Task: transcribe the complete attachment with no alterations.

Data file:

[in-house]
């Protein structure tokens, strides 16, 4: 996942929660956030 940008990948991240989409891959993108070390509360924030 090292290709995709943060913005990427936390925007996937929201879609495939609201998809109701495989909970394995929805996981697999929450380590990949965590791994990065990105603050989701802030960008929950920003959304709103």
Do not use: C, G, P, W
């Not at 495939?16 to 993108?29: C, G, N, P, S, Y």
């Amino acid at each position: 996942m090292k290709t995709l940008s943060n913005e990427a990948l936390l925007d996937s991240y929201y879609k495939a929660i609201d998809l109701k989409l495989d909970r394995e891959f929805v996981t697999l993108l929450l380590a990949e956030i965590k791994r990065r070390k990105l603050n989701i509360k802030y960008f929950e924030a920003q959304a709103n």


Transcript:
[in-house]
């Protein structure tokens, strides 16, 4: 996942929660956030 940008990948991240989409891959993108070390509360924030 090292290709995709943060913005990427936390925007996937929201879609495939609201998809109701495989909970394995929805996981697999929450380590990949965590791994990065990105603050989701802030960008929950920003959304709103």
Do not use: C, G, P, W
């Not at 495939?16 to 993108?29: C, G, N, P, S, Y």
């Amino acid at each position: 996942m090292k290709t995709l940008s943060n913005e990427a990948l936390l925007d996937s991240y929201y879609k495939a929660i609201d998809l109701k989409l495989d909970r394995e891959f929805v996981t697999l993108l929450l380590a990949e956030i965590k791994r990065r070390k990105l603050n989701i509360k802030y960008f929950e924030a920003q959304a709103n």